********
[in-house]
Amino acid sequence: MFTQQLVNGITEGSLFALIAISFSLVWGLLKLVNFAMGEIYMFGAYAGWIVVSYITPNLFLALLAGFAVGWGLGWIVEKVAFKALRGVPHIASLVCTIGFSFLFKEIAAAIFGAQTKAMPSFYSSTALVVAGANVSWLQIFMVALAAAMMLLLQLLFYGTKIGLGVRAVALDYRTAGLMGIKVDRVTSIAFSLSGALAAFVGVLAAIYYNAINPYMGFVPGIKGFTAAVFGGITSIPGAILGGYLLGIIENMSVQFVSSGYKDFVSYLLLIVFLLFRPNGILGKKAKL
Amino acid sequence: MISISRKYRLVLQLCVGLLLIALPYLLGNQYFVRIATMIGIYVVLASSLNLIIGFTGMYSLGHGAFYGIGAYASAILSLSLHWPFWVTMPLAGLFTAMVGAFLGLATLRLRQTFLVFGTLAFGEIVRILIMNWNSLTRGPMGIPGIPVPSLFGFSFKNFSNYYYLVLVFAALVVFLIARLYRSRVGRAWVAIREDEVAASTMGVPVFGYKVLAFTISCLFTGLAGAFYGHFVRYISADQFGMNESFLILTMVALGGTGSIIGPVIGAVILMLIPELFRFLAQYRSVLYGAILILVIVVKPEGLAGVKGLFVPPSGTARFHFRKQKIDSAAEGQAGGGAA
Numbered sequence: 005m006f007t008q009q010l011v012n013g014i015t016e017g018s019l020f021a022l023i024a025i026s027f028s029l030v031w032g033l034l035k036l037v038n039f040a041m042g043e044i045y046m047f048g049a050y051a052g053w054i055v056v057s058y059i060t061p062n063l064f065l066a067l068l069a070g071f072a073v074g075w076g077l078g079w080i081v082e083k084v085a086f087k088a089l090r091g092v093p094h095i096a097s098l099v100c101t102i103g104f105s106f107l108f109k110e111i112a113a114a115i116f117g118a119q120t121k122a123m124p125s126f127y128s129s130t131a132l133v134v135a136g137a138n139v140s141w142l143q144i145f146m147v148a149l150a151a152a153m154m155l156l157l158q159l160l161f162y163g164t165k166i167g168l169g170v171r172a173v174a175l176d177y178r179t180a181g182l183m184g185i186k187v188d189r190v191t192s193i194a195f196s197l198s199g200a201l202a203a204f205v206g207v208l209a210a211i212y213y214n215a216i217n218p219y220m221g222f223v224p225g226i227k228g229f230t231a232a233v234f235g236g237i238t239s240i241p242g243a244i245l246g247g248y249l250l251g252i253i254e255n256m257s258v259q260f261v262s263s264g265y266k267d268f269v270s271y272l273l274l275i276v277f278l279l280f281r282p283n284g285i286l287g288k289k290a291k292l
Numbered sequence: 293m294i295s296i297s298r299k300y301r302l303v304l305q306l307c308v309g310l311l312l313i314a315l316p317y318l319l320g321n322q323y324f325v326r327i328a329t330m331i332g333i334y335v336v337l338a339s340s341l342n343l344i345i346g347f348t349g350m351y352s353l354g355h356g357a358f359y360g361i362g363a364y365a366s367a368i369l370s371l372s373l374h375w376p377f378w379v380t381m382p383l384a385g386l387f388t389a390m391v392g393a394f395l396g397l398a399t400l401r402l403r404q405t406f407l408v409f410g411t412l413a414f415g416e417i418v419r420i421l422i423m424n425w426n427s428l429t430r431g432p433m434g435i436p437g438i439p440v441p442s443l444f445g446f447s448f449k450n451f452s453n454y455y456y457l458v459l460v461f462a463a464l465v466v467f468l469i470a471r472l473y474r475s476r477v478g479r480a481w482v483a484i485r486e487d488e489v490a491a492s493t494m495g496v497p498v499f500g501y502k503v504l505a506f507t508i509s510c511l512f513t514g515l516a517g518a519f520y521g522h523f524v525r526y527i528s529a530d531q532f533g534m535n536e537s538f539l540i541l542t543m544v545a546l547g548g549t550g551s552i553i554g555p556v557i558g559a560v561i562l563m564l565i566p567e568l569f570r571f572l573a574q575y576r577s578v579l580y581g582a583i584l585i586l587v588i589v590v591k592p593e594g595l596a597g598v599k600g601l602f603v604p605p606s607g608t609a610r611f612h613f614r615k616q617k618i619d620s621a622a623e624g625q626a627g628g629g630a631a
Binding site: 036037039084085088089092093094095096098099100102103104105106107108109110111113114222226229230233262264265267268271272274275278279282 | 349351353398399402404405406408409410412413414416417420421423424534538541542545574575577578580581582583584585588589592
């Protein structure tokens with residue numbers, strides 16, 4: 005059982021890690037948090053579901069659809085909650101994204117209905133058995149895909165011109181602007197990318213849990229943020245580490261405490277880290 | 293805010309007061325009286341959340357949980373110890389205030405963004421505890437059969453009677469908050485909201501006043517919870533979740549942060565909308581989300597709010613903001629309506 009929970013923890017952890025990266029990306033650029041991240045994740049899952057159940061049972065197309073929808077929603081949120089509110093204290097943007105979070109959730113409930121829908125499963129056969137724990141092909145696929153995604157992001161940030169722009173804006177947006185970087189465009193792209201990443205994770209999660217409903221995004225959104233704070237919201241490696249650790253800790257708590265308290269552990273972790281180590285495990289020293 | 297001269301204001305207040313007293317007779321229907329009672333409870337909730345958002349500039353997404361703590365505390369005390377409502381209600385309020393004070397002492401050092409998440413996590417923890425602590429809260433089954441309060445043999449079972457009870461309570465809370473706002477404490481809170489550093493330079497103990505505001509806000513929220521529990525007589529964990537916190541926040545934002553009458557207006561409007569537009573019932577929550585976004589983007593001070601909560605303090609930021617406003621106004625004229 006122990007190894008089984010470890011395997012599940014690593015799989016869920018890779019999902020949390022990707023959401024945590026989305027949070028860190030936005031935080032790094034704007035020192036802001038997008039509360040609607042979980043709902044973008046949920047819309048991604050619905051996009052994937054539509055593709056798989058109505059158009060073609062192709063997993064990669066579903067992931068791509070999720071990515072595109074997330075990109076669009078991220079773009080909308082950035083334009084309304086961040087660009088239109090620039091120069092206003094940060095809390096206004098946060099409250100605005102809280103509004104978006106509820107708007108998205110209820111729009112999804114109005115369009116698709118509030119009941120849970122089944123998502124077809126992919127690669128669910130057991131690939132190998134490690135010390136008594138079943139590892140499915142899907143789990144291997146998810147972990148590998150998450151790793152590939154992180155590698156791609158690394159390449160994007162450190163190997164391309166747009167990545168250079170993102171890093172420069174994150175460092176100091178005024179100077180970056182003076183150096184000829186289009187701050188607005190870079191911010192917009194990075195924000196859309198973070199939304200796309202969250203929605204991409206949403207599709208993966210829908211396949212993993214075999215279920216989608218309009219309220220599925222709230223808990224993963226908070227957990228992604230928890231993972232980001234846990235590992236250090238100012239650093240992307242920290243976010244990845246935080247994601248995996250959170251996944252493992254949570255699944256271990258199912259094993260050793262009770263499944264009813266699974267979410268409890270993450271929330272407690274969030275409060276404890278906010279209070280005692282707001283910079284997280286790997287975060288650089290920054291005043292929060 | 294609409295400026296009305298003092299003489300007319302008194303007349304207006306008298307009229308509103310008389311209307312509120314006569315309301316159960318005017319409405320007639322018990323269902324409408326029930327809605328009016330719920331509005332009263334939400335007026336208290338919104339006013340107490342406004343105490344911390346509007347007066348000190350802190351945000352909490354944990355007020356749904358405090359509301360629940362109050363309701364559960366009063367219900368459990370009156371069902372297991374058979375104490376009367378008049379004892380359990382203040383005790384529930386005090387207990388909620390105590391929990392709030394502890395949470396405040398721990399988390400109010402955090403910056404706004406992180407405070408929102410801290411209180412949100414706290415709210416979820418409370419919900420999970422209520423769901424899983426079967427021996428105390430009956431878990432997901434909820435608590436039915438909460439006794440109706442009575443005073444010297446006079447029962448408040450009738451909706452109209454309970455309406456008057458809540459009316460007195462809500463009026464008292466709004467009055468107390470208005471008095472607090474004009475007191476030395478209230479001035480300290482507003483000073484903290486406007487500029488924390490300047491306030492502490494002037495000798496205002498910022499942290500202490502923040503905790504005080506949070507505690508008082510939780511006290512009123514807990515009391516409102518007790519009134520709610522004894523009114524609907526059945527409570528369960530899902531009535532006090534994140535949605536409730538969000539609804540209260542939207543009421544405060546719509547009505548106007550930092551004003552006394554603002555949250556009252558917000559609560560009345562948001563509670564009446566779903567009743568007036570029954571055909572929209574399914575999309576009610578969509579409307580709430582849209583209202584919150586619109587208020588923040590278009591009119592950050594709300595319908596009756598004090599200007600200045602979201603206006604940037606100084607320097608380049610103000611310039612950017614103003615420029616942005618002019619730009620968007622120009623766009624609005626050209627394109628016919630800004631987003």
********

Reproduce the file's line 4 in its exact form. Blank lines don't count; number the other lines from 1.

Numbered sequence: 005m006f007t008q009q010l011v012n013g014i015t016e017g018s019l020f021a022l023i024a025i026s027f028s029l030v031w032g033l034l035k036l037v038n039f040a041m042g043e044i045y046m047f048g049a050y051a052g053w054i055v056v057s058y059i060t061p062n063l064f065l066a067l068l069a070g071f072a073v074g075w076g077l078g079w080i081v082e083k084v085a086f087k088a089l090r091g092v093p094h095i096a097s098l099v100c101t102i103g104f105s106f107l108f109k110e111i112a113a114a115i116f117g118a119q120t121k122a123m124p125s126f127y128s129s130t131a132l133v134v135a136g137a138n139v140s141w142l143q144i145f146m147v148a149l150a151a152a153m154m155l156l157l158q159l160l161f162y163g164t165k166i167g168l169g170v171r172a173v174a175l176d177y178r179t180a181g182l183m184g185i186k187v188d189r190v191t192s193i194a195f196s197l198s199g200a201l202a203a204f205v206g207v208l209a210a211i212y213y214n215a216i217n218p219y220m221g222f223v224p225g226i227k228g229f230t231a232a233v234f235g236g237i238t239s240i241p242g243a244i245l246g247g248y249l250l251g252i253i254e255n256m257s258v259q260f261v262s263s264g265y266k267d268f269v270s271y272l273l274l275i276v277f278l279l280f281r282p283n284g285i286l287g288k289k290a291k292l